INDIANAPOLIS (WISH) – Making the Grand Prix a safer and more enjoyable experience is already in the plans for IMS officials.
Many at the track were still talking about what happened at the starting line Saturday, when pole sitter Sebastian Saavedra was hit from behind. His car stalled right when the race began causing two drivers hit him.
But despite the race stumbling out of the gate, officials feel the weekend was a success.
On a much calmer but just as loud Sunday afternoon, Mike Cates was soaking in an up-close look at the same drivers he saw flying around the track Saturday.
“Beginning the whole month of May with a race weekend is a great way to start the month,” he said.
For the Baker family, Sunday was a chance to tour the new track IndyCars tore up a day earlier.
“I was showing them the skid marks of the tires going into the turn so were just kind of reliving that thinking yesterday there were cars going down here,” said Doug Baker.
But before they sped down the straightaway Saturday, they needed to simply get started
“All of a sudden you saw pieces flying through the air,” described Cates.
“One of the risks of a standing start is somebody might stall a car as they try and get off the line. Unfortunately yesterday it happened to be the pole sitter. So you had the entire field that had to figure out how to navigate around him,” said IMS President Doug Boles.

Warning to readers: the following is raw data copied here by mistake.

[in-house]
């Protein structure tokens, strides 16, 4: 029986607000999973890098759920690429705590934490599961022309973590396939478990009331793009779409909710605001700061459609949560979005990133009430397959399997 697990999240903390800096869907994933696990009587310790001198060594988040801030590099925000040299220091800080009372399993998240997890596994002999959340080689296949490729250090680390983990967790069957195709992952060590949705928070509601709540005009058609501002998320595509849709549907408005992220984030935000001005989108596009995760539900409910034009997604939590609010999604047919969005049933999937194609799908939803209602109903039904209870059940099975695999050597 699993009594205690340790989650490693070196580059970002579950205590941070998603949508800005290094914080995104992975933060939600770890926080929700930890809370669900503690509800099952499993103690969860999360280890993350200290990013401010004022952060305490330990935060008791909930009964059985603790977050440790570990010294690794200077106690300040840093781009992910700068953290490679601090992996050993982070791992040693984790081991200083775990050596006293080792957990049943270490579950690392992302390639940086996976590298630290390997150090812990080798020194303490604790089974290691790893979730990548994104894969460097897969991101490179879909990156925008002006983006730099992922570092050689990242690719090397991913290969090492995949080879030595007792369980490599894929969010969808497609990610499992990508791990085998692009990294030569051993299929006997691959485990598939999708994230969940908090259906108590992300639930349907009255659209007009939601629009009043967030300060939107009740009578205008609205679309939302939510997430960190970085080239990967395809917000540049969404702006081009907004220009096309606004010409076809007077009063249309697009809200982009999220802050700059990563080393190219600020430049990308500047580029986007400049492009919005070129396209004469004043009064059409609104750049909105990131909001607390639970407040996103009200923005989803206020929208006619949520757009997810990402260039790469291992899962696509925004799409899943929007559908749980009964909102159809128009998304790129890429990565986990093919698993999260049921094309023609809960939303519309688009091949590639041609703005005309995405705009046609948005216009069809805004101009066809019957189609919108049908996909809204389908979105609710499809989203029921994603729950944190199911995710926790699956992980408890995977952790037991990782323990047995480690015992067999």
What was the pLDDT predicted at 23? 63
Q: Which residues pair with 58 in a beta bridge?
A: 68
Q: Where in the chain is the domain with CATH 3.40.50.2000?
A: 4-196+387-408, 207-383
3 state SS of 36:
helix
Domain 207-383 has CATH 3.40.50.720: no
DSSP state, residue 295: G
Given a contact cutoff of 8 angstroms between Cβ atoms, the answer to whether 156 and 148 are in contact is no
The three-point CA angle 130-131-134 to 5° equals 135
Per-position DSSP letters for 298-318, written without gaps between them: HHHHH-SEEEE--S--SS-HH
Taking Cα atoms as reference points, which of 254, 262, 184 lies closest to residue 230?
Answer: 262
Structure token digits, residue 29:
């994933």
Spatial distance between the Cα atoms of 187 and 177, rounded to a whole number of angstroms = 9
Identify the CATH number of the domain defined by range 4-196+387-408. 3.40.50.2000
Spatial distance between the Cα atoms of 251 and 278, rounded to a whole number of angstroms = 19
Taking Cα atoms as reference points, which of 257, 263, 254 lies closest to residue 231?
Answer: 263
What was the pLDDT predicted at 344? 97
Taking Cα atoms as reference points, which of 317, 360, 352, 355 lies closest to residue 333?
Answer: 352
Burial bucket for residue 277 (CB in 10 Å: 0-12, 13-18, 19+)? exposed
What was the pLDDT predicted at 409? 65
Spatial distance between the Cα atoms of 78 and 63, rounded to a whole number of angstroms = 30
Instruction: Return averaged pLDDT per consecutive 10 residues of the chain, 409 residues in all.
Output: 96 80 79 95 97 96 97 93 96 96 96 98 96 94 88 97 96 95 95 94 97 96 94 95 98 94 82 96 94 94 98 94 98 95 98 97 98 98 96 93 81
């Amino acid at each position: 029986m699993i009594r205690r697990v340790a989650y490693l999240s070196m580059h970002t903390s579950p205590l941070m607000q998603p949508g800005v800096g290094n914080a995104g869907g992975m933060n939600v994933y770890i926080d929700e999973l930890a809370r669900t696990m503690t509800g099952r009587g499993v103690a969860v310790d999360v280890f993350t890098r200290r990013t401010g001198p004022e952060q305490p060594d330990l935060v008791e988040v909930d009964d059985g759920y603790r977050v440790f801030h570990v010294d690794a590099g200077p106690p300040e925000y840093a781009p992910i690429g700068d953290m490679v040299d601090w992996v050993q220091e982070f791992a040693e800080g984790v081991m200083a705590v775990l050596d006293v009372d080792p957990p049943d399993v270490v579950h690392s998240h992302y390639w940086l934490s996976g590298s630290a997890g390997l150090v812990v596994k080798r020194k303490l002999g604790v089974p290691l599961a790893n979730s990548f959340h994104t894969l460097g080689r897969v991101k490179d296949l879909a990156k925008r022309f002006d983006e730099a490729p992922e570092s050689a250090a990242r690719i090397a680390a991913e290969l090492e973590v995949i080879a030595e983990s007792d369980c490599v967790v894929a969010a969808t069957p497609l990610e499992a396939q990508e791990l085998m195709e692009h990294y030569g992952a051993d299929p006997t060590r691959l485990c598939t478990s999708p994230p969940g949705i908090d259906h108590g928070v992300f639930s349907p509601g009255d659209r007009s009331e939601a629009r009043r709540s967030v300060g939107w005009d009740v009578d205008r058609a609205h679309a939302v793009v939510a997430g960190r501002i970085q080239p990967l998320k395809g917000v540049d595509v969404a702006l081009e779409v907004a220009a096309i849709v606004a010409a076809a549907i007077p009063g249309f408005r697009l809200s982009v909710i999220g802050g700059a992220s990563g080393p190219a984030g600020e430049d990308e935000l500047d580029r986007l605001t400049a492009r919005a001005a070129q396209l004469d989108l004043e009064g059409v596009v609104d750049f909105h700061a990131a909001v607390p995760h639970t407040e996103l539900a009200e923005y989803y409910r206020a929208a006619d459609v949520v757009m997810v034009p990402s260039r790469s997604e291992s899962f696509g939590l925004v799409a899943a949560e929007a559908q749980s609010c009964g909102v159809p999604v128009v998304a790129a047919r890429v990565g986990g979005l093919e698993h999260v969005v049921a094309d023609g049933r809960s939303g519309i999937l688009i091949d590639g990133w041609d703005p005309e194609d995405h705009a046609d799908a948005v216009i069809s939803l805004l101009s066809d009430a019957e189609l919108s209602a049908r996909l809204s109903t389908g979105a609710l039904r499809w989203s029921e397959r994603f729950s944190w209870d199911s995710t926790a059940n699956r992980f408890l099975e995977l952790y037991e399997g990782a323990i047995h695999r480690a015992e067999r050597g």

He said they’ll look into whether a standing start should be used for next year’s race.
“That’s just part of racing. I mean that’s just what happens,” said fan Jennifer Baker.
The other risk of that style of start came for Mayor Greg Ballard. Flying debris from the crash hit him right after he waved the green flag.
Boles said it’s possible the next honorary starter will be up in the flag stand or there won’t be one at all. Instead, drivers would just rely on the lights at the starting line.
As for the fans, being close is exactly what many wanted. IMS officials were glad to see thousands of fans using the new spectator mounds and temporary stands.
But it’s possible those areas will be shifted or expanded and video boards added or moved to enhance their view.
“I would agree that that’s probably an opportunity for improvement for the facility, not only for the Grand Prix but for the 500 as well,” said Cates.
“It was a first event for us. So it’s really going to take some of that fan feedback as we move forward. So there are a lot of tweaks that we can make to make it better,” said Boles.
Enhancing the view is one thing, making sure there’s enough space to accommodate everyone is another factor they’re working on.
Officials were hoping to get 40,000 people inside the Speedway. The numbers aren’t official yet, but they appear to be well north of their expectations.
“We may have benefited from people being cooped up inside all winter. Couldn’t wait to get ready and get May going,” said Boles. “The weather obviously helped us. We had a great walk-up crowd. Visually the place looked really full of folks on our mounds.”